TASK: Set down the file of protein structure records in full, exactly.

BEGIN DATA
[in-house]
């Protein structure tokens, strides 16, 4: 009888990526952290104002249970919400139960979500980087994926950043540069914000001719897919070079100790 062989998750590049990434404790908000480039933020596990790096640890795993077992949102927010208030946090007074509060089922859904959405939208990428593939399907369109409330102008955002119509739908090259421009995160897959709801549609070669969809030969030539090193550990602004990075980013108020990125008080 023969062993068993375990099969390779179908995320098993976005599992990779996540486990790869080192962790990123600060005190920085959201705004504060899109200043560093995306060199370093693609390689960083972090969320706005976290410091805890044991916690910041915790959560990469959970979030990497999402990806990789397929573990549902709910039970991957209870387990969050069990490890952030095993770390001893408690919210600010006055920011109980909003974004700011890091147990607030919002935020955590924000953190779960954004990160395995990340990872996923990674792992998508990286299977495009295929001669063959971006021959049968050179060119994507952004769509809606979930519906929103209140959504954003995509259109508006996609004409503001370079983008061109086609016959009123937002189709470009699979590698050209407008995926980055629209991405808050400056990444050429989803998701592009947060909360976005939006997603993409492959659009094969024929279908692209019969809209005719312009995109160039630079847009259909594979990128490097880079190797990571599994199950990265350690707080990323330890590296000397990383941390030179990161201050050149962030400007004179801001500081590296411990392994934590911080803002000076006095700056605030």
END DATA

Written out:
[in-house]
């Protein structure tokens, strides 16, 4: 009888990526952290104002249970919400139960979500980087994926950043540069914000001719897919070079100790 062989998750590049990434404790908000480039933020596990790096640890795993077992949102927010208030946090007074509060089922859904959405939208990428593939399907369109409330102008955002119509739908090259421009995160897959709801549609070669969809030969030539090193550990602004990075980013108020990125008080 023969062993068993375990099969390779179908995320098993976005599992990779996540486990790869080192962790990123600060005190920085959201705004504060899109200043560093995306060199370093693609390689960083972090969320706005976290410091805890044991916690910041915790959560990469959970979030990497999402990806990789397929573990549902709910039970991957209870387990969050069990490890952030095993770390001893408690919210600010006055920011109980909003974004700011890091147990607030919002935020955590924000953190779960954004990160395995990340990872996923990674792992998508990286299977495009295929001669063959971006021959049968050179060119994507952004769509809606979930519906929103209140959504954003995509259109508006996609004409503001370079983008061109086609016959009123937002189709470009699979590698050209407008995926980055629209991405808050400056990444050429989803998701592009947060909360976005939006997603993409492959659009094969024929279908692209019969809209005719312009995109160039630079847009259909594979990128490097880079190797990571599994199950990265350690707080990323330890590296000397990383941390030179990161201050050149962030400007004179801001500081590296411990392994934590911080803002000076006095700056605030």